What stops you from being a team? Your Smartphone habits?

I support Stoke City Football Club and I must admit it has been a challenging ride for the past 12 months.  We seemed to lose our direction, were rather shambolic on more than one occasion and appeared to lack heart and togetherness.  The run of poor results led to a change of manager and suddenly the mood has changed.  During their 2-0 win over Huddersfield last weekend, the team ran hard, tried things and seemed to be more determined.  This morning, Sky Sports ran a short piece on the Paul Lambert’s return to Premier League management and visited him at the club’s training ground.  One of the instructions he has given is that all squad members will eat together after training and that there will be no mobile phones in the dining room.  The aim is to encourage the players to use the time to reflect on the sessions that they have just had and to get to know each other.

I was delighted to hear that because in so doing, he is addressing two of the things that are, in my opinion, the biggest impediments to team development and team working that exist in this modern world and I see them at play with almost every team that we coach.  The first is making time for each other.  Almost without fail, leadership teams that we talk to complain that it is difficult to find diary space to meet and that when they do arrange to meet, it is the first thing that they cut from the diary as pressure mounts.  More of that another time.

on phoneFar more damaging is how they act when they do get together and I have seen this trait in off-sites, team meetings, meals out and around the coffee point.  Almost without fail, when somebody is speaking, there is at least one team member looking at their smartphones.  Some do so openly and others kid themselves by placing the phone on the desk and then spend the whole day glancing at it every time an alert is displayed.  I would like to think that we would all agree that this is impolite at the very least but I’m not sure that we would because that behaviour seems to be so widespread and ingrained.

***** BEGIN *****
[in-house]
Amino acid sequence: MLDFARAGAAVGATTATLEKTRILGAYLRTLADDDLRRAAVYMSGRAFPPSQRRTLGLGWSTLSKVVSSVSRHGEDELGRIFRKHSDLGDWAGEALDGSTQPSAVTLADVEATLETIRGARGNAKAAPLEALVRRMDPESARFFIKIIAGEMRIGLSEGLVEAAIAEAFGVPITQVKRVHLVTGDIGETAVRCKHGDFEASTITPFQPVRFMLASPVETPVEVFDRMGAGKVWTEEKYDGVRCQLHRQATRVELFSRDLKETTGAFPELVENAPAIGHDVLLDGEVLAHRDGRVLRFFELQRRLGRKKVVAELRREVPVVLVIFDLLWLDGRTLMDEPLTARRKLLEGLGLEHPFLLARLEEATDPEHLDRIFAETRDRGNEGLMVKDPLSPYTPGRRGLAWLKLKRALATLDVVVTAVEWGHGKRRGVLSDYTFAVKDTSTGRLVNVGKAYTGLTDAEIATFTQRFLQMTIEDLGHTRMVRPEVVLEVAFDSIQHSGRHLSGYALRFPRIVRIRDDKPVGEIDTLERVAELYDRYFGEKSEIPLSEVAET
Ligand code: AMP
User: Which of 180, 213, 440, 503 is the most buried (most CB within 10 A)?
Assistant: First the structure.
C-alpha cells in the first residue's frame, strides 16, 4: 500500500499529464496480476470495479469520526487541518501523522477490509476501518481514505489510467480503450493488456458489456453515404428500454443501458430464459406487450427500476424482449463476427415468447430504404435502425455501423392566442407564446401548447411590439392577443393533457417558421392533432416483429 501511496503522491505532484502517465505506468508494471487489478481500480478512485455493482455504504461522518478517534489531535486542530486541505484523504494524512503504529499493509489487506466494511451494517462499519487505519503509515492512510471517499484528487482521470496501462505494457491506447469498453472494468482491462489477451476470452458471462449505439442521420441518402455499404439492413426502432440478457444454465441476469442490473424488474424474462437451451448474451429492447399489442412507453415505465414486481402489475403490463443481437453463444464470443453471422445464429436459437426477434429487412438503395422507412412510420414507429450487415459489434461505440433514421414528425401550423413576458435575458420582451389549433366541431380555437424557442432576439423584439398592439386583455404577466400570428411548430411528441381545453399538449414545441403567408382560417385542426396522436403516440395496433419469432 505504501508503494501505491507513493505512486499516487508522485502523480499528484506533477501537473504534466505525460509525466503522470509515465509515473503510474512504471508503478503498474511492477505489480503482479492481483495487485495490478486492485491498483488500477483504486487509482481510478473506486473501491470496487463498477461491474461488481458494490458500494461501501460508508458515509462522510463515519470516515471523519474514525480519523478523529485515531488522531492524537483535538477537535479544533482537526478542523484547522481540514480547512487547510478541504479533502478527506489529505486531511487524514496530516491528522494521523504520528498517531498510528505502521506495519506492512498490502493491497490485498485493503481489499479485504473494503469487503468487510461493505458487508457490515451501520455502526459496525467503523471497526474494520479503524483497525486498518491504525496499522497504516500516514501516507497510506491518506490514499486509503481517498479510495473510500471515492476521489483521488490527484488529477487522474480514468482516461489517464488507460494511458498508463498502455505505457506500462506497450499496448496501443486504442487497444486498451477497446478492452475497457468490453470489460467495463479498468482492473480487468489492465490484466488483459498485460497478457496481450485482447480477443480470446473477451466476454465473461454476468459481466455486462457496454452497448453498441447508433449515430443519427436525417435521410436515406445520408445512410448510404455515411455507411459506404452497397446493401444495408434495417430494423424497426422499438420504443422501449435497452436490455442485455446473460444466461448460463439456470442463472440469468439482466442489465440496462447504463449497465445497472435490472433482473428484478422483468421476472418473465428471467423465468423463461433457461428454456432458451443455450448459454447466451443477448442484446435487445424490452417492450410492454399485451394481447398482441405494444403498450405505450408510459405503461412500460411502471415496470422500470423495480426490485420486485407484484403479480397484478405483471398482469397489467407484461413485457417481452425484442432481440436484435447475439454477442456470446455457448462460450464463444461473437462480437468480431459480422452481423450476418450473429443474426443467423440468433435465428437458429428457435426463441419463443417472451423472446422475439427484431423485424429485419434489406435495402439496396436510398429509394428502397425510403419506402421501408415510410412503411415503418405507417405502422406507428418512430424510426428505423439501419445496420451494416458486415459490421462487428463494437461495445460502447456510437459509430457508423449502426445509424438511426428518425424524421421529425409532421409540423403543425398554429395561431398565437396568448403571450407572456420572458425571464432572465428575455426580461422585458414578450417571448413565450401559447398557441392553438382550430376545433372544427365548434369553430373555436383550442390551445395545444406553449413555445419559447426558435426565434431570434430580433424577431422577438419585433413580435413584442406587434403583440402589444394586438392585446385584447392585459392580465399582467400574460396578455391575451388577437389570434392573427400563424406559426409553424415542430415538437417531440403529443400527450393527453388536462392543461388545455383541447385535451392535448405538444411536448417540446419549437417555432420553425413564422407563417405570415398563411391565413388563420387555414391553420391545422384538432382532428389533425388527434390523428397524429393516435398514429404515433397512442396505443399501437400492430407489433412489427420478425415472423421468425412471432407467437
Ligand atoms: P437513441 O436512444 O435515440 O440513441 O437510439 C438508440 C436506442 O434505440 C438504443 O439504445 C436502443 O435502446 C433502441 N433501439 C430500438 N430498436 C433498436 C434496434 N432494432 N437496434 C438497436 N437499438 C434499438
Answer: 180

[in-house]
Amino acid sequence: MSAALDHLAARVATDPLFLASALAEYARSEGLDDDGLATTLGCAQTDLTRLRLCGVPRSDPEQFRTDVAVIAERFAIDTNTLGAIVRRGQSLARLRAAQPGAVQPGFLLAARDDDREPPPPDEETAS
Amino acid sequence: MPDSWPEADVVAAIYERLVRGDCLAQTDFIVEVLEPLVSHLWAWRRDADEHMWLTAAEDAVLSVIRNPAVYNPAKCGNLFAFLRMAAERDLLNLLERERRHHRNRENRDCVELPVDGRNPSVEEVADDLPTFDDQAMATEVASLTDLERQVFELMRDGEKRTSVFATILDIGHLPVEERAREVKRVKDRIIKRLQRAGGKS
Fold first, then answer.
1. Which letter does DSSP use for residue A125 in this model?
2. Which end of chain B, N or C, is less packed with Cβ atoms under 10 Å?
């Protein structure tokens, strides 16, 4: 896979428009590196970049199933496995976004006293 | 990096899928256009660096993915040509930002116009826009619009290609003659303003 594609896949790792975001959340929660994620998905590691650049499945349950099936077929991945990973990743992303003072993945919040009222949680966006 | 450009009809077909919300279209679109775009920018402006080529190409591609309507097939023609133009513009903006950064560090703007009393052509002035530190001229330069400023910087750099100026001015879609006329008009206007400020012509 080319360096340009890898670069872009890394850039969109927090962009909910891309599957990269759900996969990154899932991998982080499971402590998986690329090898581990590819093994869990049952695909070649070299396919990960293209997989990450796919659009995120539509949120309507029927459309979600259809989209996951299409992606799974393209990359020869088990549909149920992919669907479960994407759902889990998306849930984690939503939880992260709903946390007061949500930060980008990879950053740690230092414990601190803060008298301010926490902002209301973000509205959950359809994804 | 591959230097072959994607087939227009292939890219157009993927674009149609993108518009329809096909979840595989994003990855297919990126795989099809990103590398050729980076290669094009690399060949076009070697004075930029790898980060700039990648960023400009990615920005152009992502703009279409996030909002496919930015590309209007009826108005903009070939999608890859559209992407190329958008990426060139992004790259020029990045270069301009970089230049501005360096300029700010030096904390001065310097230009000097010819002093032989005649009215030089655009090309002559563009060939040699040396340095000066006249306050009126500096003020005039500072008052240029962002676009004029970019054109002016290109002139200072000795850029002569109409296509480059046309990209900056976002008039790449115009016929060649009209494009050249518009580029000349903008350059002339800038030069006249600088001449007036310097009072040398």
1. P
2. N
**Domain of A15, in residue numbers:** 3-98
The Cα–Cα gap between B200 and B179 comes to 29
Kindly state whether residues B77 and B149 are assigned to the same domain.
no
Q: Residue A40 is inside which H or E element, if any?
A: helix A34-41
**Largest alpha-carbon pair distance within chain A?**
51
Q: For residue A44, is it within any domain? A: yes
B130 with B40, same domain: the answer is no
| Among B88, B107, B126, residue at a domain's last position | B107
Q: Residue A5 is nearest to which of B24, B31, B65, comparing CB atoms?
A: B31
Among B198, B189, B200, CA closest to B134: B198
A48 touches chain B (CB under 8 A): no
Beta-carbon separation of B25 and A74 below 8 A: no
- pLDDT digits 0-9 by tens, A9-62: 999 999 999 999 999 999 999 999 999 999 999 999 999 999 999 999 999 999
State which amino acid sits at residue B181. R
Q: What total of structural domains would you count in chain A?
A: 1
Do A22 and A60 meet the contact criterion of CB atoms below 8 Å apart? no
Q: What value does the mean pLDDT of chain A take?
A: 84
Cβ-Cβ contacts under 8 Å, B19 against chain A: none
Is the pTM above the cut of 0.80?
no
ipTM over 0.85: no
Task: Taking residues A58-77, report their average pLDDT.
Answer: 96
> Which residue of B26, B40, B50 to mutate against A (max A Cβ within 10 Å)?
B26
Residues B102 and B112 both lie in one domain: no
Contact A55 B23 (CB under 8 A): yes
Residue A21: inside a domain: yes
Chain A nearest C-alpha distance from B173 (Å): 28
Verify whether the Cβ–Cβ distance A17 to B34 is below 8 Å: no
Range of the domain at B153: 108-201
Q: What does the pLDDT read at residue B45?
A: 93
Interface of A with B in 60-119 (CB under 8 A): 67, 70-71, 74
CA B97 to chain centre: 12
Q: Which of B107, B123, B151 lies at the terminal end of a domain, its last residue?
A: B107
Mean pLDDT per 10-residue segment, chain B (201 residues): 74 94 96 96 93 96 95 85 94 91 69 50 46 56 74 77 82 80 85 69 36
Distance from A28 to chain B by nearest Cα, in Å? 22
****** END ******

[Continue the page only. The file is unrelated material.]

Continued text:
So let’s think about the messages that we could be sending when we act like this.  The first thing that we are saying is “I’m not interested in what you are saying.  The other stuff going on in my world is far more interesting than you”  If we have just spoken before, and then we dive into our phone, we could be interpreted as saying  “My position is right, your opinion doesn’t matter.” If we keep glancing at our textingphone they might feel we are yelling “Hurry up, I’m pretending to be interested but my world is more important” and most of all we risk giving the message: “I’m not really a member of this team.  My inward-looking world is more important.”  Most of these behaviours, whether we mean it or not, scream – “I don’t really respect you!”  Not many of those statements, nor the associated behaviours of not listening, demonstrating self-interest over the collective purpose, and being closed to other ideas are found in the list of characteristics of high performing teams. On the other hand, real listening, being open to others, being respectful and aligning with a collective purpose are the essence of true teamwork and high performance follows.

So, my challenge to you is to

PUT THE PHONE AWAY

and I mean

AWAY!!

When you are in team meetings and one-to-one discussions and, if you see the phones distracting others, call it out; tell the other person how it makes you feel.  You will get so much more from those meetings if you do.  And remember, the example which others follow is almost always set by the team leader.

After all, iTS Leadership.

~Author: Tim Sandiford

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